Focal brain stem tumours that arise at the top back of the midbrain (tectal gliomas) should be managed conservatively, without surgical removal. Nevertheless, shunt placement or ventriculostomy for hydrocephalus (see below) is frequently necessary. These tumours have been described to be stable for many years or decades without any intervention other than shunting.

Radiotherapy: Conventional radiotherapy, limited to the involved area of tumor, is the mainstay of treatment for DIPG. A total radiation dosage ranging from 5400 to 6000 cGy, administered in daily fractions of 150 to 200 cGy over 6 weeks, is standard. Hyperfractionated (twice-daily) radiotherapy was used previously to deliver higher irradiation dosages, but such did not lead to improved survival. Radiosurgery (e.g., gamma knife, Cyberknife) has no role in the treatment of DIPG.

Chemotherapy and other drug therapies: The role of chemotherapy in DIPG remains unclear. Studies to date with chemotherapy have shown little improvement in survival, although efforts (see below) through the Children's Oncology Group (COG), Paediatric Brain Tumour Consortium (PBTC), and others are underway to explore further the use of chemotherapy and other drugs. Drugs utilized to increase the effect of radiotherapy (radiosensitizers) have thus far shown no added benefit, but promising new agents are under investigation. Immunotherapy with beta-interferon and other drugs to modify biologic response have shown disappointing results. Intensive or high-dose chemotherapy with autologous bone marrow transplant or peripheral blood stem cell rescue has not demonstrated any effectiveness in brain stem gliomas and is not recommended. Future clinical trials may incorporate medicines to interfere with cellular pathways (signal transfer inhibitors) or other approaches that alter the tumor or its environment.[11][12][13]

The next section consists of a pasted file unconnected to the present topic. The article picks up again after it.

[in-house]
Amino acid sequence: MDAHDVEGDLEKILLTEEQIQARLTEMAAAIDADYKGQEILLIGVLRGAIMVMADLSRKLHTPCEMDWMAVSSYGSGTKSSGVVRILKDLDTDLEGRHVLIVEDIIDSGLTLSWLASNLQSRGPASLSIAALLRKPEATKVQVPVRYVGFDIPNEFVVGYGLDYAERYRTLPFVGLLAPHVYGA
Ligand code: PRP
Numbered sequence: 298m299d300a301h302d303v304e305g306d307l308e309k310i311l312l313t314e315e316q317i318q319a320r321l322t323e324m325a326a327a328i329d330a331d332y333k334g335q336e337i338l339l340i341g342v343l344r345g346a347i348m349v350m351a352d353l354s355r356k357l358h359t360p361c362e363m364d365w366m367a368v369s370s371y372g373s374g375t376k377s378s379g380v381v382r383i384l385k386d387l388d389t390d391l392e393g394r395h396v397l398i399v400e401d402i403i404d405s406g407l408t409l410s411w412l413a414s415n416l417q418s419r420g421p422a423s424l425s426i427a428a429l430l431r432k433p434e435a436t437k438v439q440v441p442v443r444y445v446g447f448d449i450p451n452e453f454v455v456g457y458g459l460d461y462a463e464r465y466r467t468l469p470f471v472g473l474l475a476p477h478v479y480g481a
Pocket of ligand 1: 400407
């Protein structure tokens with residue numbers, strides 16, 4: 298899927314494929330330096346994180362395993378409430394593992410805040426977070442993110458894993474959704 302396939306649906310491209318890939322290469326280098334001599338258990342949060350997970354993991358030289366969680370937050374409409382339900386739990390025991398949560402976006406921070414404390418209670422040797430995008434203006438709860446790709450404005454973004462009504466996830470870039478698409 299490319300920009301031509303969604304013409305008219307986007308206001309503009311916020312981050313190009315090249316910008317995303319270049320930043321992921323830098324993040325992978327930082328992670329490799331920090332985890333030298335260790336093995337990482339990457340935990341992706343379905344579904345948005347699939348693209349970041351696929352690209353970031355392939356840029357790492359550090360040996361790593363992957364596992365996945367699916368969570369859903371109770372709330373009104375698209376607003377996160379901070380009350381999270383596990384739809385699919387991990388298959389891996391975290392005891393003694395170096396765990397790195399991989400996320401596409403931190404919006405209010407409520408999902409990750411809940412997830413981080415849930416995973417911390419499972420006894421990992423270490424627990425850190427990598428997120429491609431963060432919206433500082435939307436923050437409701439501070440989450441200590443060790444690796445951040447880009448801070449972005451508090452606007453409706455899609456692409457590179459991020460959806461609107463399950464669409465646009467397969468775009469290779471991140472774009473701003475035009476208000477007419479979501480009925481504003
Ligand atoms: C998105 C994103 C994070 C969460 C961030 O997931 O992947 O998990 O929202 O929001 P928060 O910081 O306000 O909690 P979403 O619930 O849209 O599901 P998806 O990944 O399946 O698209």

Without research into brainstem tumours no cure can be found. Currently funding is the major issue that is limiting brain and brainstem research. [14]

Current Research[edit]

Tumour Tissue Analysis[15][edit]

  • Children's National Medical Center, Washington DC: Comprehensive Protein Analysis (Proteomic Profiling) of Pediatric Brainstem Gliomas using Paraffin Embedded Tissues
  • Memorial Sloan Kettering Cancer Center: Our hypothesis is that unravelling the genomic alterations of diffuse infiltrating pontine gliomas or DIPGs will lead to improved understanding of the biology of such tumours and improved therapeutic options.[16]
  • National Institutes of Health: DNA Analysis of Tumor Tissue Samples using Paraffin-Embedded Blocks from Patients with Diffuse Pontine Glioma
  • St. Jude Children's Research Hospital:Our goal is to perform an extensive genetic analysis of tumor samples obtained from patients with DIPG.[17]
  • St. Jude Children's Research Hospital:Gene sequencing project discovers mutations tied to deadly brain tumors in young children[18]
  • UCLA's Jonsson Comprehensive Cancer Center:New system uses nanodiamonds to deliver chemotherapy drugs directly to brain tumors[19]
  • UT Southwestern Medical Center:Researchers identify a switch that controls growth of most aggressive brain tumor cells[20]
  • The Institute of Cancer Research, London:Genetic flaw may hold key to deadly childhood brain tumour[21]